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Web Extra Friday, May 12, 2006

Bush to nominate new director for U.S. Geological Survey

On March 16, President Bush announced his nomination of Dirk Kempthorne as Secretary of the Interior, after Gale Norton resigned from the position March 10. Now, in the latest shakeup in the U.S. Department of the Interior, the U.S. Geological Survey (USGS) might soon be under new leadership.

Bush intends to nominate Mark Myers, a former state geologist and head of Alaska's geological survey, as the new USGS director, the Department of the Interior announced May 3. If the Senate confirms the nomination, Myers would replace acting director Patrick Leahy, who has filled the position for almost a year following the June 2005 resignation of Charles Groat. Leahy does not plan to comment until the Senate confirms the nomination, according to a USGS spokesperson.

Myers' nomination was a "pleasant surprise," says Bob Swenson, acting director and state geologist of the Alaska Division of Geological & Geophysical Surveys in Fairbanks. Myers has an understanding of the "big issues," Swenson says, which comes from both a familiarity with policy and a background in the natural sciences.

Myers, who holds a doctorate in geology and is an expert in sedimentary and petroleum geology, led various field programs across Alaska for ARCO, the American oil company that is now a subsidiary of BP. He also served in the U.S. Air Force Reserve from 1977 to 2003, retiring as a lieutenant colonel.

Myers also served for five years as director of Alaska's Division of Oil and Gas. He submitted a letter of resignation from that position effective Nov. 15, 2005, however, following a disagreement with Gov. Frank Murkowski (R) about negotiations involving a North Slope natural gas pipeline. The pipeline deal would hurt Alaska's economic future by "creating barriers" for new oil and gas participants, Myers wrote in his resignation letter.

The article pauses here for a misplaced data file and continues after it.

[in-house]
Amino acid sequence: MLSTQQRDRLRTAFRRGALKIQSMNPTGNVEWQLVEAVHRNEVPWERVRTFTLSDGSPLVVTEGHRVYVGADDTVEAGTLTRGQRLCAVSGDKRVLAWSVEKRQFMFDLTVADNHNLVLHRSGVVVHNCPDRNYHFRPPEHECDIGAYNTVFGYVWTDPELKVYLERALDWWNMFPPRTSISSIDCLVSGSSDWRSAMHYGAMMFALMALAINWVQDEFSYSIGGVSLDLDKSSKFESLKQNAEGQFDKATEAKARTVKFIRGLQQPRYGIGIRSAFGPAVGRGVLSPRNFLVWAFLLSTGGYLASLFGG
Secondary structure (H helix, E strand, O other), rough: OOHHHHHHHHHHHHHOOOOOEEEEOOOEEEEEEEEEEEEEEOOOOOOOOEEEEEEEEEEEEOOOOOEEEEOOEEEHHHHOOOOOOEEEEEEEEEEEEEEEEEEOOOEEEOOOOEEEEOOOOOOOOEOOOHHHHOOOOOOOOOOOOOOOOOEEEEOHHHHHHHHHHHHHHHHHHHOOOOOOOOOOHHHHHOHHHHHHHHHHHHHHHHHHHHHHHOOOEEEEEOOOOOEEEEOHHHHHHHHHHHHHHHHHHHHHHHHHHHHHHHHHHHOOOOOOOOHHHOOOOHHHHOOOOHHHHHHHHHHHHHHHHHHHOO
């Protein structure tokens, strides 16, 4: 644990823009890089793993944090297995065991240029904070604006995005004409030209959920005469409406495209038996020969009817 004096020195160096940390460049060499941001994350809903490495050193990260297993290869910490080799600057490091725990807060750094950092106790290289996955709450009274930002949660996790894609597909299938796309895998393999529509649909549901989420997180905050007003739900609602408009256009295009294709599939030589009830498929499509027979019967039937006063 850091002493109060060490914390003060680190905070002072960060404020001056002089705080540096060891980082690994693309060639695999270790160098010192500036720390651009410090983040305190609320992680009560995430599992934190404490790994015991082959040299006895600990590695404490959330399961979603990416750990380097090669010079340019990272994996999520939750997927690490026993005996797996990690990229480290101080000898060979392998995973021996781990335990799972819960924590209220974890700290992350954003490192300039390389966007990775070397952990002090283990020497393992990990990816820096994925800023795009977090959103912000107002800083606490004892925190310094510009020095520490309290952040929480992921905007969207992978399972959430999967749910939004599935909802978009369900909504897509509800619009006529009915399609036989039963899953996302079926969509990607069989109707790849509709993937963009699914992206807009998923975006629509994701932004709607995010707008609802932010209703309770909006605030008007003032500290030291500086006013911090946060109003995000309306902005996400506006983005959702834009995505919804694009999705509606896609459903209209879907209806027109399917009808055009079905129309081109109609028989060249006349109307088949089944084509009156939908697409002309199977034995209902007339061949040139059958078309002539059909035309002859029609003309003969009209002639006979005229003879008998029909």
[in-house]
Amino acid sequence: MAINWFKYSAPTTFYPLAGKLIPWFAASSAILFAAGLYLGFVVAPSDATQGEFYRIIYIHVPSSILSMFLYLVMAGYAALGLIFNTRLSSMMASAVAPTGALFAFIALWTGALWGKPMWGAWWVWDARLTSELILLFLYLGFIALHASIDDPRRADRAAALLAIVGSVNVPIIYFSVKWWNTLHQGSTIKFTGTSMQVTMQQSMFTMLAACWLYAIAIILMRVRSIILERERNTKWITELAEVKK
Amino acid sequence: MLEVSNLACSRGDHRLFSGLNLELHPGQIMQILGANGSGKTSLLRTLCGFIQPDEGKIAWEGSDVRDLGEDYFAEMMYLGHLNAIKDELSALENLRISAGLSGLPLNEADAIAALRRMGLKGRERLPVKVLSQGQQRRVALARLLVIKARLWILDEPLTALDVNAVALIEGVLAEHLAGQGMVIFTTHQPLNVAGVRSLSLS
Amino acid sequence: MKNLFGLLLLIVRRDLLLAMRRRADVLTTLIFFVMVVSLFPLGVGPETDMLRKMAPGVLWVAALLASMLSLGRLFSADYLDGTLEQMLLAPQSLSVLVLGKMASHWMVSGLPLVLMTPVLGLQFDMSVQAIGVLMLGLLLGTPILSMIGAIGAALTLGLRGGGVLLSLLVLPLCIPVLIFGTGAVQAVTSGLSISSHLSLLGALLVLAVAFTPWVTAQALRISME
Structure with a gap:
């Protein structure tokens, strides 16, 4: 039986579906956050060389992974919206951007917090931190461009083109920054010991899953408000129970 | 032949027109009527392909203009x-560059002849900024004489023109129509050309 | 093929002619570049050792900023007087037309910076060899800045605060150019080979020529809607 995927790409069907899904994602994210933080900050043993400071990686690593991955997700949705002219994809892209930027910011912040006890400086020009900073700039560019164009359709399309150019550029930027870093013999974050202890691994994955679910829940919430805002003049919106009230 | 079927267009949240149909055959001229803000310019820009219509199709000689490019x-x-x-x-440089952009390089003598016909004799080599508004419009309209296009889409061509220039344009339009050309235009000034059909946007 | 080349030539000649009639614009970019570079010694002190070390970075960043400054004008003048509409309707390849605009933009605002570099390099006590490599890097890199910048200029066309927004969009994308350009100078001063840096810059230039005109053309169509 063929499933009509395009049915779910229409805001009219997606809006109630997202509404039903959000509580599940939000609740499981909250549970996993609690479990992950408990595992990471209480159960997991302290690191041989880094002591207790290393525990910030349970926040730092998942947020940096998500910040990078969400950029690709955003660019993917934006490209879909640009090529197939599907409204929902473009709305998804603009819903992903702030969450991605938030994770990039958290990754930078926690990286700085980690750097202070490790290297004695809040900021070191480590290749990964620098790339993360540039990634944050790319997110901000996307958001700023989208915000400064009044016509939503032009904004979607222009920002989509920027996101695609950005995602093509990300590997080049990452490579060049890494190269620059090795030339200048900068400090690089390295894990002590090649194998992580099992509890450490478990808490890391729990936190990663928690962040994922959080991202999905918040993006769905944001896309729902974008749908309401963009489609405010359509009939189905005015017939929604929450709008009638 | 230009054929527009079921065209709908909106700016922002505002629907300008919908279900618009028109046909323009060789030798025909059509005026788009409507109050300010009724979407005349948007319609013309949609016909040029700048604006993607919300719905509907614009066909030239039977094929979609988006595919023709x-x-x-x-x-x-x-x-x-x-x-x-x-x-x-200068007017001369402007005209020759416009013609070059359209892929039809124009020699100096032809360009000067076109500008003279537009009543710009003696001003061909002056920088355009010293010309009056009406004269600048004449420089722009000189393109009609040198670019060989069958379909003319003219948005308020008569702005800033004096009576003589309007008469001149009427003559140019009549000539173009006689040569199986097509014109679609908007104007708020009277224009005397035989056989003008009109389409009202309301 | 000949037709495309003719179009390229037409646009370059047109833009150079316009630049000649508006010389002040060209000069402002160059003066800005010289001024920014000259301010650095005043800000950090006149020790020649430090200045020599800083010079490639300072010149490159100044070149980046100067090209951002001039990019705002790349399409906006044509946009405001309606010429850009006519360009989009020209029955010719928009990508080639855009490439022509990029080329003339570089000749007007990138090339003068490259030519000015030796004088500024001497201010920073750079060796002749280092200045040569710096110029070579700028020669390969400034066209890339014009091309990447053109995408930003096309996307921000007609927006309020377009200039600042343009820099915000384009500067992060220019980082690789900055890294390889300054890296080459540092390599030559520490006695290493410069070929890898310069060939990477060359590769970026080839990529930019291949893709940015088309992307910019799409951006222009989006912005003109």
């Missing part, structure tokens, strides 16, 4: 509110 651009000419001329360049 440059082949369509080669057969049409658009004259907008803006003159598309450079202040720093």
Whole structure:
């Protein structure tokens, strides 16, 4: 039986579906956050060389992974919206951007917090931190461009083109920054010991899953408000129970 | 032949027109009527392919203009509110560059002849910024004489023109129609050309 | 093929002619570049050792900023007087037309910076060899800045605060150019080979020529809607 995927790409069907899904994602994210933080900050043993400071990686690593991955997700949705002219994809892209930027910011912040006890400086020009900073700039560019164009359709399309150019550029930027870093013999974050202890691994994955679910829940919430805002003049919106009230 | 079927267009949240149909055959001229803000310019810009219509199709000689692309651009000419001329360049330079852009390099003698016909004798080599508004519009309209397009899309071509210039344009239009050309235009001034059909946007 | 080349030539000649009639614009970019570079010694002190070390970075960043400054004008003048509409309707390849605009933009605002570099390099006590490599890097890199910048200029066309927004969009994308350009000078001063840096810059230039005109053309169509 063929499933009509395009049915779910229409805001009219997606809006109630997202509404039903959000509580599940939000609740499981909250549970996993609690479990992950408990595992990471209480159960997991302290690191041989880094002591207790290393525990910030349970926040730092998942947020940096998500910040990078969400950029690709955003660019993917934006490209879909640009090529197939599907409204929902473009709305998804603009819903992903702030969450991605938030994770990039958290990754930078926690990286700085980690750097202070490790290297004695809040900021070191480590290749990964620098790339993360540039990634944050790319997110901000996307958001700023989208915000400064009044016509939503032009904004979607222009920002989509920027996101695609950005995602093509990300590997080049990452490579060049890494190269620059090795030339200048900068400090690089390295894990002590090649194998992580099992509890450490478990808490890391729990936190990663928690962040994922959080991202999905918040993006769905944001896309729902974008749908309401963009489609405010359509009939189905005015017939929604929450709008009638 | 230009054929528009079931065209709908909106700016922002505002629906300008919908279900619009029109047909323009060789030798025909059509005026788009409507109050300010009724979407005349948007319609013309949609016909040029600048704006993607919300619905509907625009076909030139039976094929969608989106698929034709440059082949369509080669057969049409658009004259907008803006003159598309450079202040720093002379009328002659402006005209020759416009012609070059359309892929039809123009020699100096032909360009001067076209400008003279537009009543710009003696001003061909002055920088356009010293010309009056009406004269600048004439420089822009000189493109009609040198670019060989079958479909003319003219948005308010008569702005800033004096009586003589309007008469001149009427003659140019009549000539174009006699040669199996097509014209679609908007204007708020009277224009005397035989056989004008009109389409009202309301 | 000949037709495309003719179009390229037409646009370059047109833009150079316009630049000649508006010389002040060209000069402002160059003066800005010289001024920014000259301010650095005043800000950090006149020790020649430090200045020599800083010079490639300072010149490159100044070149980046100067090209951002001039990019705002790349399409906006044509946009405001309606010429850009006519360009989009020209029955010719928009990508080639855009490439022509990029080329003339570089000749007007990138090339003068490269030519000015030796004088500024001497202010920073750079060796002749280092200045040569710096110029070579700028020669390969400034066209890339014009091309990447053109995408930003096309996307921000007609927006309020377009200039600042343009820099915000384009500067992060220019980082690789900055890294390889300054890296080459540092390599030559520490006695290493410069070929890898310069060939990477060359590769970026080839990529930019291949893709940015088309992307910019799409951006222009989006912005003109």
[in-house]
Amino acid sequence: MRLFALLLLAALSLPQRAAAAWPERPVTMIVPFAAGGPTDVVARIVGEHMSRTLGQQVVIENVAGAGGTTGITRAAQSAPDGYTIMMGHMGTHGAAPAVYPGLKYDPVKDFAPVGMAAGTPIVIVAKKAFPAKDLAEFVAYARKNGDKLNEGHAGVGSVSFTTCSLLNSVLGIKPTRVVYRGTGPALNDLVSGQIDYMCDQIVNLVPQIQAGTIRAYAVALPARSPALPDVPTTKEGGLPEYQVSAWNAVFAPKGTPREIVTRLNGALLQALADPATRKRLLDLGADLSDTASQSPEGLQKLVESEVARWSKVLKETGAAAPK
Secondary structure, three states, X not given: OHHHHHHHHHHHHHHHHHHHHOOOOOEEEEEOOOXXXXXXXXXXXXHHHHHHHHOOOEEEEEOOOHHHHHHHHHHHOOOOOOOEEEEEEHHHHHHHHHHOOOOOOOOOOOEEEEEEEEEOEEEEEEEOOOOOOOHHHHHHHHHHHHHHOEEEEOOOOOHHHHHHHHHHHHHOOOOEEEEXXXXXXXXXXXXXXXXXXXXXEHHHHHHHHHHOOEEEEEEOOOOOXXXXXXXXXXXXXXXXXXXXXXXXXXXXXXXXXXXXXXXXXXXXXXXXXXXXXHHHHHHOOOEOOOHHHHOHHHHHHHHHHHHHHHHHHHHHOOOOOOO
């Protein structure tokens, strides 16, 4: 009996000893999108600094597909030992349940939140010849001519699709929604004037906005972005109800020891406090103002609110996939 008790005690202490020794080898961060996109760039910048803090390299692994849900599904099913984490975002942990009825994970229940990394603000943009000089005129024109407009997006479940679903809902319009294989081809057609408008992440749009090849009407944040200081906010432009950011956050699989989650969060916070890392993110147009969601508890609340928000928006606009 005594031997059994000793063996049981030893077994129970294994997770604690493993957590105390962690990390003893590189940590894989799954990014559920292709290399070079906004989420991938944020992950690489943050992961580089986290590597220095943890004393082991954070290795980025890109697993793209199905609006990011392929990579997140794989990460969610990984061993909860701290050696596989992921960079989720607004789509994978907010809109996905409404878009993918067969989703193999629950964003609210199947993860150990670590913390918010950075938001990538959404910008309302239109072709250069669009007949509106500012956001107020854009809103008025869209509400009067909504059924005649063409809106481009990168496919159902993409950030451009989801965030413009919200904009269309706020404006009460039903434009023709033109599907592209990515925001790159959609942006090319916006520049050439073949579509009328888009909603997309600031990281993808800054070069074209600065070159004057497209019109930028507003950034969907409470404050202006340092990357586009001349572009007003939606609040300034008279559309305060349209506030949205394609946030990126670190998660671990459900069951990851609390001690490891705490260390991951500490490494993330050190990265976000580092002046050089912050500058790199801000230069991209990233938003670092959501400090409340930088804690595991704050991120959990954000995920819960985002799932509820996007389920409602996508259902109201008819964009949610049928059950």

Becky Hultberg, a spokesperson for Murkowski, says the dispute will not affect how Myers would direct USGS. "Mark Myers is a fine geologist, and the governor believes he will do an excellent job in his new position," Hultberg says. His resignation, she says, was over "policy disagreements and was not related to his competence as a professional geologist."

The circumstances surrounding Myers' resignation and dispute with Alaska's governor indicate that he will "unwaveringly do the right thing," says David Houseknecht, a USGS research geologist in Reston, Va., who has worked with Myers in the past. Myers demonstrates an understanding of objective science, free from the influence of "political whims," Houseknecht says. That's why Myers will not likely change the role of USGS in providing unbiased scientific information about oil and drilling in Alaska's Arctic National Wildlife Refuge, Houseknecht says.

Leadership and delegation skills gained from prior work will help Myers lead USGS, which has "gone through some tough times," Swenson says. The survey has about 10,000 scientists and support staff across the United States and abroad, tackling investigations into everything from geohazards and minerals to the energy sector, and at times it seems to "get a bit disorganized," Swenson says.

USGS is a couple orders of magnitude larger than any organization that Myers has managed, and issues at the national level are more complex compared to the state level, Houseknecht says. But Myers is "highly intelligent," and has a "demonstrated track record of positive influence," he says.

If confirmed by the Senate as the new USGS director, Myers faces a "daunting task," Swenson says. "But I believe he's very much up to the job."

Kathryn Hansen

U.S. Department of the Interior
Division of Geological & Geophysical Surveys
Division of Oil and Gas

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